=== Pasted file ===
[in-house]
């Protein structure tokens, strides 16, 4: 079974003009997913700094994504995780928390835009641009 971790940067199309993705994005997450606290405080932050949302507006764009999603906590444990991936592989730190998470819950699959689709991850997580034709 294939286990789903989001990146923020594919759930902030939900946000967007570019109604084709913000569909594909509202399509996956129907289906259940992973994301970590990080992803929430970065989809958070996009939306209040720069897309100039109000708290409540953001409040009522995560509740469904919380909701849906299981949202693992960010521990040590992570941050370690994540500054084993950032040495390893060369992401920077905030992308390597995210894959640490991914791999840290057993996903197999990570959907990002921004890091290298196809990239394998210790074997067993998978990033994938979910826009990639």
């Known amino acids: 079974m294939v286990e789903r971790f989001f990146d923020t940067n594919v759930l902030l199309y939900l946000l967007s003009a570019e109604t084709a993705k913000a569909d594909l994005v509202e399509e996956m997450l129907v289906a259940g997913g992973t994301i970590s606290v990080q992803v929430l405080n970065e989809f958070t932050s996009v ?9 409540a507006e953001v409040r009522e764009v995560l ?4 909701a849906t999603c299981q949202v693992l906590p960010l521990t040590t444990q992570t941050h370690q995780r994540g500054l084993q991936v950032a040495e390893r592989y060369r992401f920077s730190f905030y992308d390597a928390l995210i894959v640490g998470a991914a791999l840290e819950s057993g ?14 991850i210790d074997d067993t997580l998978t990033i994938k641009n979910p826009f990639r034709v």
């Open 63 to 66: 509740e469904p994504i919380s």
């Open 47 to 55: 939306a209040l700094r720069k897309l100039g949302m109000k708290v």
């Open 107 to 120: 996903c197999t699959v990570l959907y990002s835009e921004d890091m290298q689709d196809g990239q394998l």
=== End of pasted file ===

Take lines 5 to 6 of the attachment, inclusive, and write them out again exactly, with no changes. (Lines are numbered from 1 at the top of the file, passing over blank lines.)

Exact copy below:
């Open 47 to 55: 939306a209040l700094r720069k897309l100039g949302m109000k708290v």
């Open 107 to 120: 996903c197999t699959v990570l959907y990002s835009e921004d890091m290298q689709d196809g990239q394998l």